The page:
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Survivors of food poisoning have reportedly threatened to commit suicide at an art gallery in Madrid


Protesters met with the Spanish prime minister and demanded funding for medical expenses for survivors of the historic food poisoning scandal.

Survivors of a mass food poisoning incident in 1981 have taken over the Del Prado Art Gallery in Madrid, threatening to attempt suicide if their demands for help and attention are not met.

A photo shows six – one in a wheelchair – holding a banner in front of Las Meninas (The Maids of Honor), a painting by Spanish painter Diego Velazquez, inside the gallery on Tuesday. Others gathered outside.

A statement posted on the Twitter account of an association for victims of adulterated oil, which harmed thousands of people across Spain in 2001, said: “No more insults and abandonment.”

“Six hours after the start of our visit, we will start taking the pills,” warns the We Are Still Alive Association, without warning.

The group is holding a meeting with Prime Minister Pedro Sanchez in late October and is demanding money to cover the medical expenses of the surviving victims.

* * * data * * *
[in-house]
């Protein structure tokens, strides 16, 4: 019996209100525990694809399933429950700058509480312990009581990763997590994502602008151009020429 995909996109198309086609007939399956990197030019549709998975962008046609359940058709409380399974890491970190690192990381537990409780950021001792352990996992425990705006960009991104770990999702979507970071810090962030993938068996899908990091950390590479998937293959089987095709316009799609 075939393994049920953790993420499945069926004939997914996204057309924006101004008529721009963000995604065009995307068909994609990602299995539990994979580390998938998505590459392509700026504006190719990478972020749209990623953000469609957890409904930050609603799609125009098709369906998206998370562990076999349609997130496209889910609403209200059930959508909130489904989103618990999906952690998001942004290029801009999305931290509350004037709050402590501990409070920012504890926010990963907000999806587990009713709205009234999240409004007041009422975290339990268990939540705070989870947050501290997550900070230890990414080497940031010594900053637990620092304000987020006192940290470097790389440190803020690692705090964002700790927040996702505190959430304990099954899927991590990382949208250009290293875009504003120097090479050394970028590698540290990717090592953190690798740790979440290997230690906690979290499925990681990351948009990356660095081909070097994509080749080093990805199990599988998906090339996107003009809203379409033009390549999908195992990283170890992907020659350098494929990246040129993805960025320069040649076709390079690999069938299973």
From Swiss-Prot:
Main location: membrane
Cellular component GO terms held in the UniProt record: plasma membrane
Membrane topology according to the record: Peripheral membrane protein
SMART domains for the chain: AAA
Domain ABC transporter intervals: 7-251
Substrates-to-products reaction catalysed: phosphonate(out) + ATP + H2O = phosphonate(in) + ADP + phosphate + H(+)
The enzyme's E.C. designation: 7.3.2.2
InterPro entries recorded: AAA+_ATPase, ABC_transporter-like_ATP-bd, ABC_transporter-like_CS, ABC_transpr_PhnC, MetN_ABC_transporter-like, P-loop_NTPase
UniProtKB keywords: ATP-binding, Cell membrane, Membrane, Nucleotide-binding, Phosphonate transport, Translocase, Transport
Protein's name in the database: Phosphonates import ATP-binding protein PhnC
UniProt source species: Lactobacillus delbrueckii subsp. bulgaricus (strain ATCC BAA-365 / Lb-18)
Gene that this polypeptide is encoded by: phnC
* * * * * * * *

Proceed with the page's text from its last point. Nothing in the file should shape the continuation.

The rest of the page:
One of the world’s biggest food poisoning scandals, the group claims that at least 50,000 people have been killed and 20,000 injured, mostly with curable conditions.

‘We are sick’

No immediate comment was received from the Spanish government or Prado.

Protesters said they chose the museum because the culture helped deal with the victims.

“We are sick. Physically, we are 20 years older than our ID, ”said one woman outside.

The substance that affected protesters and others was originally for industrial use but was sold as adulterated and illegally olive oil, mostly in street markets, starting in Madrid and spreading to other areas.

Symptoms ranged from lung failure and organ deformity to the destruction of the body’s immune system.

Many survivors were crippled for life.

According to the Science Direct website, about 100,000 people were exposed and 20,000 people had clinical disease, of which 10,000 were hospitalized. More than 30,000 victims have died, according to Science Direct.





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